Tuesday, January 02, 2007

Food from South Eastern Europe

The seasonal festivities are now fading to black and white. The remnants of all manner of poultry should by now have been confined to the digestive system of the cat and everyone is wondering how rid themselves of the excessive fat that is obligatory in early January.

If that’s you, then have a look at lean living where you will get some tips and tricks to get back into shape before re-embarking upon a gourmet lifestyle once more.

For everyone else who doesn’t need to get into shape ie, those of you who are blessed with an unusually fast metabolic rate, I thought it would be a nice change to the new year to take a look at some of the more unusual and less known food which is coming our way as the EU continues to expand its borders.

If the
BBC is anything to go by, we may soon be experiencing some new and tasty treats, now that Romania and Bulgaria have joined the EU.

I have to admit that the cuisine of south eastern Europe is one beyond my scope of experience, but after taking a look at some of the native recipes, I think I would like to try a few dishes.

Tastes seem to range somewhere between Mediterranean cuisine and, dare I say, Asian (Indian Asian that is).

I am including a couple of recipes here which I intend to try out and will let you know what I think of the results.

Stuffed tomato salad

1kg tomatoes,
1 medium-sized celery,
250g Feta cheese,
sunflower oil,
1 cucumber


Peel and dice the celery, boil in salt water, strain and mix with the grated cheese, oil and finely chopped parsley. Slice off the tomato tops, core and fill with
the mixture (for an even more appealing appearance place the tomatoes on top
of cucumber slices). Trim with small pieces of tomatoes and parsley.


Shoppe style cheese

500g Feta cheese,
40g butter
1-2 tomatoes
1-2 peppers
black pepper
5 eggs.

Cut the cheese into five slices and place into butter-lined (earthware) bowls. Top with tomato slices, pepper rings and some butter, Bake in a hot oven some 5-6 min. Break an egg a top of each bowl and add the remaining butter with pepper and paprika. Bake until a crust is formed. Serve hot, garnished with slices of tomato, parsley and a chilli, as desired.

Kebapcheta (Oblong rissoles)

1kg minced meat (60% pork and 40% veal),
1/2 tsp cumin and pepper,


Salt the meat and let stand for 1-2 hours in the cold. Then mix with cumin, pepper, finely chopped onions (and some water). Let stand for another 2 hours. Form into oblong rissoles and grill. Serve with vegetables
and ... A LOT OF BEER!

Recipes source: http://www.faqs.org/faqs/bulgaria-faq/part9/

To find out more on Romanian and Bulgarian cuisine click this link
:bulgarian food

Tuesday, December 05, 2006

The Christmas Mince Pie Menace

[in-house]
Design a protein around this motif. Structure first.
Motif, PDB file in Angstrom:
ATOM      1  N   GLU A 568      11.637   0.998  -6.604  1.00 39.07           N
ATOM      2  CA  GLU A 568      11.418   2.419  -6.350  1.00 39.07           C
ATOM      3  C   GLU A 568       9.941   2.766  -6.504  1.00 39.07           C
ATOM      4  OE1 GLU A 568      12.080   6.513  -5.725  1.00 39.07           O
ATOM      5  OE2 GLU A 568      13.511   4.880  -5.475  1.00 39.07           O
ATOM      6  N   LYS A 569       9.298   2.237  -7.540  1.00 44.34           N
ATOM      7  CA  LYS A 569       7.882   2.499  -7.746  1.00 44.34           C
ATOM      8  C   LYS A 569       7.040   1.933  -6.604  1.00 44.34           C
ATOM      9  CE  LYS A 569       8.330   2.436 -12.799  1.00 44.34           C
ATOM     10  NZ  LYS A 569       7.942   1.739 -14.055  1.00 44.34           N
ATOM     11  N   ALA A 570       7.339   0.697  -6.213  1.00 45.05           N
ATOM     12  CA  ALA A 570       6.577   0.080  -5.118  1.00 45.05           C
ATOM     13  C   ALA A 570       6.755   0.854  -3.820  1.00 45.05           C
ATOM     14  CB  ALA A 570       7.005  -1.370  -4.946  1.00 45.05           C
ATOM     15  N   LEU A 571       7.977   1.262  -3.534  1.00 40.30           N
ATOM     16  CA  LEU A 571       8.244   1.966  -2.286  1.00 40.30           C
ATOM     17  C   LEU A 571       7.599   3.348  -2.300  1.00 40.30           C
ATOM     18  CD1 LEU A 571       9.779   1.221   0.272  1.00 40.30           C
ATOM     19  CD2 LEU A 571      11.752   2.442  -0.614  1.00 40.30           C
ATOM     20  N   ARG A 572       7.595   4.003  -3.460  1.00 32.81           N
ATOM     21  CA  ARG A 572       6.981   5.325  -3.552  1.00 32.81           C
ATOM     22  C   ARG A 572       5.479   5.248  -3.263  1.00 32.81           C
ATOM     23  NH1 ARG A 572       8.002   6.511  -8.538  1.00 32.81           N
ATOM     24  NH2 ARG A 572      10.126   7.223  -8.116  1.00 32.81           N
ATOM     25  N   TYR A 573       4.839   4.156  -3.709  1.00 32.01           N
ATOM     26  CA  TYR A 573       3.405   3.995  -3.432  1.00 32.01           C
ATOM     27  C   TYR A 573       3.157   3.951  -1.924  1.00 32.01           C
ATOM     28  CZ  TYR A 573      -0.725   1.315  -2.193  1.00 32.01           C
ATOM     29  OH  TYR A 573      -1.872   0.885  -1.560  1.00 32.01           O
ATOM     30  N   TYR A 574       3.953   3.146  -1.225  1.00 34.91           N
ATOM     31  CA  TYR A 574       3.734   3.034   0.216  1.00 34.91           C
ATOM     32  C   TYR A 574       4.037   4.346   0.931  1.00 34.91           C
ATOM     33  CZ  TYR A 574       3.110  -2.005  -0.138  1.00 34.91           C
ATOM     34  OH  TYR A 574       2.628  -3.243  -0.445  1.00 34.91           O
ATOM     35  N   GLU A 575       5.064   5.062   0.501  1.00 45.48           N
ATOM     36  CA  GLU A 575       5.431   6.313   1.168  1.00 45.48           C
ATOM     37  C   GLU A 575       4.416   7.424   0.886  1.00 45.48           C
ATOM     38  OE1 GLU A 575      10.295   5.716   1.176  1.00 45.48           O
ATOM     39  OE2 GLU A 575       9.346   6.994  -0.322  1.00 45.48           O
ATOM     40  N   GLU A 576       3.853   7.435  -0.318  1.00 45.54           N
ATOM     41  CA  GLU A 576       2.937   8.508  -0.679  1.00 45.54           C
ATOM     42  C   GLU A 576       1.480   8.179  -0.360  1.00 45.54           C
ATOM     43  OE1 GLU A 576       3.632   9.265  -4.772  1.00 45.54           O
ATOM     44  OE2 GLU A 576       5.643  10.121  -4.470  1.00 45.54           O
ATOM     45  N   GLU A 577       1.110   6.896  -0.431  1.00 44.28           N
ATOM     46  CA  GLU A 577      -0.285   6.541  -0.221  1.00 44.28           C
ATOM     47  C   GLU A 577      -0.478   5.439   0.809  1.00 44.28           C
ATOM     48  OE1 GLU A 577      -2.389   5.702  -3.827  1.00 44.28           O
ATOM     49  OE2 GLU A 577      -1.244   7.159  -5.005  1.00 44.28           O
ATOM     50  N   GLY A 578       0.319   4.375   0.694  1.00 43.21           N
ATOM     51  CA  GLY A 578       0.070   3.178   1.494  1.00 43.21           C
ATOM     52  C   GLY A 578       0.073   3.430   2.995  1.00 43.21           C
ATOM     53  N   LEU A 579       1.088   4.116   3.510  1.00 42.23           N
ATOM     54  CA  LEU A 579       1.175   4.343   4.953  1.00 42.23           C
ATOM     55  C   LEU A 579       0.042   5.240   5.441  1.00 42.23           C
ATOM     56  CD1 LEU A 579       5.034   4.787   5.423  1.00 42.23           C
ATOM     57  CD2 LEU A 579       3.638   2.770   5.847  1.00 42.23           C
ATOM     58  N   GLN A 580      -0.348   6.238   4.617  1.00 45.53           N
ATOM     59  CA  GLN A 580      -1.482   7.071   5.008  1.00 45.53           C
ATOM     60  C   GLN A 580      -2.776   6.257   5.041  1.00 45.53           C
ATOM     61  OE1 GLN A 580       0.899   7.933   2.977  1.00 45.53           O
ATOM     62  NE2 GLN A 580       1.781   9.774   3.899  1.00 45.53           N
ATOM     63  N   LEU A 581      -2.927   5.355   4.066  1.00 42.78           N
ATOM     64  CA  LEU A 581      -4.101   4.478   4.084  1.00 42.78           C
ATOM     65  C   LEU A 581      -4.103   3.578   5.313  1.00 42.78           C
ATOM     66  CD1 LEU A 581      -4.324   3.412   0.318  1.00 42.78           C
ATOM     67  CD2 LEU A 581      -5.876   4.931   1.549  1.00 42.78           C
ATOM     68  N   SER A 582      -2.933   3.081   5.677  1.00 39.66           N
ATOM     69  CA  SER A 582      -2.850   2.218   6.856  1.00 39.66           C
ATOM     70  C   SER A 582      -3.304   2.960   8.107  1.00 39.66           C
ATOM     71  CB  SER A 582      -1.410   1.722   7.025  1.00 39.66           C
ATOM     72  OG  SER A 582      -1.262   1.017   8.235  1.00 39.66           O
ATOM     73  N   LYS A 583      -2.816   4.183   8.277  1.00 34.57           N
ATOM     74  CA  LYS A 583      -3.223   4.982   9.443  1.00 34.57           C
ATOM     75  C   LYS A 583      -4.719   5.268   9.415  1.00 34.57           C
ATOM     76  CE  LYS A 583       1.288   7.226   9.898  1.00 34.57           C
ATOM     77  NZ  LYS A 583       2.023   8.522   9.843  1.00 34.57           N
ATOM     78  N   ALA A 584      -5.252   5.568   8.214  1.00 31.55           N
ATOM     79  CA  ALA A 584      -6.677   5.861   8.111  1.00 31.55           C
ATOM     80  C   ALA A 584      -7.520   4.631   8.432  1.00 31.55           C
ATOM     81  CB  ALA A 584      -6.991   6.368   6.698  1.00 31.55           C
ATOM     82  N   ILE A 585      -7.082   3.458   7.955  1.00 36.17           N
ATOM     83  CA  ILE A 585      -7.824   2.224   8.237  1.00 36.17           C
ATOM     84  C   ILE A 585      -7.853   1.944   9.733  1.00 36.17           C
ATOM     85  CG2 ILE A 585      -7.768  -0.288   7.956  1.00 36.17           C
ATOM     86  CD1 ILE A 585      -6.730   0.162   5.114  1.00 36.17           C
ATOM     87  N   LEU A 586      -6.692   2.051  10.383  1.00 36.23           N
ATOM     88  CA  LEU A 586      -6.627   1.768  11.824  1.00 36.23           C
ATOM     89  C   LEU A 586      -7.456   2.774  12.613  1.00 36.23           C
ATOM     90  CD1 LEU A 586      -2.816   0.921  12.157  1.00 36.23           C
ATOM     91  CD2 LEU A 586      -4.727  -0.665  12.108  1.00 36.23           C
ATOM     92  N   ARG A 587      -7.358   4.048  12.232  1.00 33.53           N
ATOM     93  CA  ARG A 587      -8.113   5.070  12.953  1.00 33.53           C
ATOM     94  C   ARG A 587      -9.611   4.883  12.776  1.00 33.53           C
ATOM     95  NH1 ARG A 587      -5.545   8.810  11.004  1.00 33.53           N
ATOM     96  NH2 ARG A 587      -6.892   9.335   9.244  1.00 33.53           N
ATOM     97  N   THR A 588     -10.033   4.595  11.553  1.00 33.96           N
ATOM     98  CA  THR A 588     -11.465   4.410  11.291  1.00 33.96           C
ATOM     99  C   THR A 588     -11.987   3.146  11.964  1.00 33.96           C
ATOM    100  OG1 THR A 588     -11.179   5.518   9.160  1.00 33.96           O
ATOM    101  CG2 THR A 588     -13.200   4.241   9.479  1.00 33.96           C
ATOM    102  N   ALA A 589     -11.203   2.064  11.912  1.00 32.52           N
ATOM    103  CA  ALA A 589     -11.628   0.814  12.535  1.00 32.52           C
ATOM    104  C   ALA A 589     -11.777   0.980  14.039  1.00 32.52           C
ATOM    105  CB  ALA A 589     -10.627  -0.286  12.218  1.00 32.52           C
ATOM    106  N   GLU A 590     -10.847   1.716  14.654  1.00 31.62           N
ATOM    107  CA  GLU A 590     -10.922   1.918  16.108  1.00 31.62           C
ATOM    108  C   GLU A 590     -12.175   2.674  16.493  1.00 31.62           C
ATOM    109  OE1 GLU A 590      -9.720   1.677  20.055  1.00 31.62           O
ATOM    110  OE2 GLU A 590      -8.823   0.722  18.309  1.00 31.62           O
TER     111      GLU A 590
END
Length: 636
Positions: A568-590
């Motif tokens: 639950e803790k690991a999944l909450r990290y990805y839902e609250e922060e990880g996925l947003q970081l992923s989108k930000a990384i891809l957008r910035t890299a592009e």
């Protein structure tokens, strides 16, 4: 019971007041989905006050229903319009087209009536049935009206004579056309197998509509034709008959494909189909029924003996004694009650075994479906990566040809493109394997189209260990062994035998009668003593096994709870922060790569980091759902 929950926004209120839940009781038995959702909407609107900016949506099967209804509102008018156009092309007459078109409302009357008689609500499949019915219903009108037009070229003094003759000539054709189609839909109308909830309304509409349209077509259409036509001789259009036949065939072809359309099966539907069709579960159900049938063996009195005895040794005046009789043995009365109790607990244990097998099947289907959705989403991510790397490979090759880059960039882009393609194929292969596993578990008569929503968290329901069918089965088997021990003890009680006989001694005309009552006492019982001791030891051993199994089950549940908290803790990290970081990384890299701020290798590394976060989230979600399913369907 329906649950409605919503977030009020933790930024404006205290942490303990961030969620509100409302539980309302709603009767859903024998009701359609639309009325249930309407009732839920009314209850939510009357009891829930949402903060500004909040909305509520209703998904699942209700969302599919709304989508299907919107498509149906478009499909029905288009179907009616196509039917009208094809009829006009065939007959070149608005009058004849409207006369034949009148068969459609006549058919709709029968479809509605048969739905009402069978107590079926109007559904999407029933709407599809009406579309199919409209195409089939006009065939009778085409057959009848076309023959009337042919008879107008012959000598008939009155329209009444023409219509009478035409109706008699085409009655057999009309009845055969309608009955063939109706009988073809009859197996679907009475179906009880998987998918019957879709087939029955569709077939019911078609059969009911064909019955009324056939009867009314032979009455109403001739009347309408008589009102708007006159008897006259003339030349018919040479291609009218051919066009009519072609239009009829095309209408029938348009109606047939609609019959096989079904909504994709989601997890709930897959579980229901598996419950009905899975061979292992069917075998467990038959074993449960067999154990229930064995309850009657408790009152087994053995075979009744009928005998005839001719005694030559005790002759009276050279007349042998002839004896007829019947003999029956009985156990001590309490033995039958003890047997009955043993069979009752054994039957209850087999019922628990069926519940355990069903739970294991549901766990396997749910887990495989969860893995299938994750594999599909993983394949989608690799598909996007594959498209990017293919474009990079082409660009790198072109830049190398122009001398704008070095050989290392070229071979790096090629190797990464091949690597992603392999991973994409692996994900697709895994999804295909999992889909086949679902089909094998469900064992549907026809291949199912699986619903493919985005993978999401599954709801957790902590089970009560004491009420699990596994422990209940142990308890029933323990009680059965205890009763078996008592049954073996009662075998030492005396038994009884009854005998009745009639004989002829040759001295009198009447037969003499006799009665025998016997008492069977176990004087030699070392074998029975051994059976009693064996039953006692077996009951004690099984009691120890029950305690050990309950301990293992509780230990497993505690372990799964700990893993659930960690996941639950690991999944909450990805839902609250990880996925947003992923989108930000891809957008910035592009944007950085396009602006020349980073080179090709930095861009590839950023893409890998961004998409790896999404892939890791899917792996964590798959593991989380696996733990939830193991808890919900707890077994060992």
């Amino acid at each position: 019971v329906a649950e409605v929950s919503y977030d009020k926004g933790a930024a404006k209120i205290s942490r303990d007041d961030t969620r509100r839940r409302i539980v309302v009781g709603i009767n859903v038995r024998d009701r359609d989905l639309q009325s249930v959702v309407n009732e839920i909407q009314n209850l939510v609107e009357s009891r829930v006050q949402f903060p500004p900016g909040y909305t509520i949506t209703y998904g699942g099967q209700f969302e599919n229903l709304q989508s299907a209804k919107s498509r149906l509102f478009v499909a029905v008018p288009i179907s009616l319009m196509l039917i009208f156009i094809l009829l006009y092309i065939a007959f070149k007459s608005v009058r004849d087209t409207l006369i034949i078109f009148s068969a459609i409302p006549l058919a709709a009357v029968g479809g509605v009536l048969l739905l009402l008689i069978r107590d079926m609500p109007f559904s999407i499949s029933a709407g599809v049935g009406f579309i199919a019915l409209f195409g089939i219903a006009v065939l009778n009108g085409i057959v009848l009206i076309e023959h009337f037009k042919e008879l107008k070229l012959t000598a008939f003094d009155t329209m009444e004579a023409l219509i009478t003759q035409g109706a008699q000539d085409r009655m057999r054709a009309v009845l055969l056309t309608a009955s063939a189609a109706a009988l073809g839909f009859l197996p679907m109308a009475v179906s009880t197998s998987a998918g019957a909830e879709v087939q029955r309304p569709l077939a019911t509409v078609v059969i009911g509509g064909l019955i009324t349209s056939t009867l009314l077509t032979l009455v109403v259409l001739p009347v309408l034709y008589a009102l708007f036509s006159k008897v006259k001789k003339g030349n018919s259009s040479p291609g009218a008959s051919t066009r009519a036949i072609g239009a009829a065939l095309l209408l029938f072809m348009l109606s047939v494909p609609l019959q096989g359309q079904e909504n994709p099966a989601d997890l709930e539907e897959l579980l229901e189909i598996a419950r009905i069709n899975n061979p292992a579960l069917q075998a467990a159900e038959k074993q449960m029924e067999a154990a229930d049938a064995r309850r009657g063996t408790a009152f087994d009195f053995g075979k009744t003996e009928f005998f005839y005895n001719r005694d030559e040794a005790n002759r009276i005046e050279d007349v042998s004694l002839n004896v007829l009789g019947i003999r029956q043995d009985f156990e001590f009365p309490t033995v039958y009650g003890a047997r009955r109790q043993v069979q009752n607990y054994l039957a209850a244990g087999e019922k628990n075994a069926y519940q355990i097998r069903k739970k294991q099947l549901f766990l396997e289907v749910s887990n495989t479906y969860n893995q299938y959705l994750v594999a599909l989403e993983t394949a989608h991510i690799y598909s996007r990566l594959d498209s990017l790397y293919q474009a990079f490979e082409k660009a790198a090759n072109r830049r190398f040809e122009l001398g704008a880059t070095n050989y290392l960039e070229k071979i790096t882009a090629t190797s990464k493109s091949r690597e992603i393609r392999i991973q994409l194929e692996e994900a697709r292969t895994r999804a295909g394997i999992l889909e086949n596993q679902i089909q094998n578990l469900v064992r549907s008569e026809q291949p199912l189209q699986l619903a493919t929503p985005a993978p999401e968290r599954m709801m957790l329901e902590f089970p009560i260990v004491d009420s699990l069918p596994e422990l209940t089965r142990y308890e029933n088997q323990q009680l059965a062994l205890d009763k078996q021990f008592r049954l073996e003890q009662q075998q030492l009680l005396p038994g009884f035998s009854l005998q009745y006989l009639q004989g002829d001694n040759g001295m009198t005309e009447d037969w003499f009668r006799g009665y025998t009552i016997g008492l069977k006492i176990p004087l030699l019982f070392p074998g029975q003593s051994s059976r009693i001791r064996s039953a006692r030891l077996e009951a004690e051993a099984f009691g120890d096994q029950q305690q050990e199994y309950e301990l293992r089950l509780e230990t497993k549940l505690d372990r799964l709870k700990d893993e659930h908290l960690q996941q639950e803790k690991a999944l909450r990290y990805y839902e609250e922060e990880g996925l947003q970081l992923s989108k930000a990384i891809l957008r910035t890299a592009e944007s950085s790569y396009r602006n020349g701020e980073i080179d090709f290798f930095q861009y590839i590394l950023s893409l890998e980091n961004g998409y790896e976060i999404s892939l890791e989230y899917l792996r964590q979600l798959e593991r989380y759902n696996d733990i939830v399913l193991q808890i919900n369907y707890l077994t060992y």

Well, if this , wasn’t quite so pathetic, it would be hilarious.

For all those of you reading this outside the UK, it most probably is. Before reading this article, the first thing you need to understand is that here in England, we have the mental capabilities of a trained monkey.

Our magnificent Government has to protect us all from killing ourselves on a daily basis. So they are even more vigilant over our Christmas celebrations.

The fact that we are now, suddenly, in severe danger of poisoning ourselves by eating mince pies, brought a wry smile to my lips.

So Council Bosses in the Yorkshire Dales are worried about these pies containing nuts and suet are they ?


Well if they knew just what the original composition of the festive mince pie of Old England used to contain, I am sure they would by now be racing for a change of underwear.

In his excellent book The Complete Book of Curries, Writer Harvey Day dedicated half a page to this subject. I am sure you will find the following enlightening:
‘How a poor woman makes palatable Mince Pyes of stinking Meat.’
…..in the eighteenth century, before the advent of refrigeration, meat often went bad, especially in the homes of the poor who eked out their supplies over weeks; and in his delightful little book, Meet Mr Ellis, Vicars Bell gives extracts, supplemented by comments, of life in Little Gaddesden, Herts, two centuries ago. According to Mr Ellis, a prosperous farmer, ‘This is a poor industrious Woman that rents a little Tenement by me of Twenty Shillings a Year, who for the Sake of her Poverty is Every Week relieved, with many others, by the most noble Lord of Gaddesden Manour; who killing a Bullock almost every week for his large Family, he has the Offald meat dressed, and is so good as to have it given to the poorest People in the Neighbourhood. But as it sometimes happes, through the Negligence of careless Servants, that this charitable meat is apt to stink in hot Weather, for want of its due cleaning, boiling, and laying in a cool Place. However, the Poor are very glad of this Dole, as it does their Families considerable Service. ‘And to recover such tainted Meat, this Woman, after boiling and cleansing it well, chops and minces it very small, and when mixed with some Pepper, Salt, chop’d Sage, Thyme, and Onion, she bakes it: This for a savoury Pye. At another Time she makes a sweet Pye of this flesh, by mixing a few Currants and Plumbs with it. But in either Form the Taint is so lessened that it is hardly to be perceived.’

Copies of Harvey Day's The Complete Book of Curries are available from Amazon Books

Thursday, November 16, 2006

Roasting Tips for a Moist and Tasty Turkey by: Diane Watkins

There are many methods used to cook a moist and tasty Roasted Turkey. Most methods rely on basting. The turkey can be basted every 30 minutes with a basting bulb, or covered with cheesecloth soaked in butter. Other methods include brining the turkey (soaking in a salt water solution for 8-10 hours), or injecting a basting solution into the meat.